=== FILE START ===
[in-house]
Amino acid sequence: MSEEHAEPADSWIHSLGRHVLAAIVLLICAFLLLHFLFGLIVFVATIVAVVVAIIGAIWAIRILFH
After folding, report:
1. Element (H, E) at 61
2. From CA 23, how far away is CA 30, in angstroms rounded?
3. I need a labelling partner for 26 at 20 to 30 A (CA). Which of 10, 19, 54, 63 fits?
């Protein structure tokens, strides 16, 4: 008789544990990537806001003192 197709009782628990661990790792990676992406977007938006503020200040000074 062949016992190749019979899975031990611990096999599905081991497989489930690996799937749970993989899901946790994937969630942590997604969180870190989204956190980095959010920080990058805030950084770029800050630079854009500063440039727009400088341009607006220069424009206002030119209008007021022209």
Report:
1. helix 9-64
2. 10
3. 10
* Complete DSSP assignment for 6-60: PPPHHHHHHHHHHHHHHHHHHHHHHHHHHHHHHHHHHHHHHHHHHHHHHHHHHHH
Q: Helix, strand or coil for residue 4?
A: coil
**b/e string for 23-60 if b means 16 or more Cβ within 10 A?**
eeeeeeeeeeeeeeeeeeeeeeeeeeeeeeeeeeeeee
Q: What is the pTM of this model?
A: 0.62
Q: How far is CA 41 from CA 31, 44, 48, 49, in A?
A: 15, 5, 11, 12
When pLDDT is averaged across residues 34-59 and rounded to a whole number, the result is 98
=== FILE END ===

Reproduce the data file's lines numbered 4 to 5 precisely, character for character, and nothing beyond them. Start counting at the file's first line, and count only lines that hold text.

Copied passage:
1. Element (H, E) at 61
2. From CA 23, how far away is CA 30, in angstroms rounded?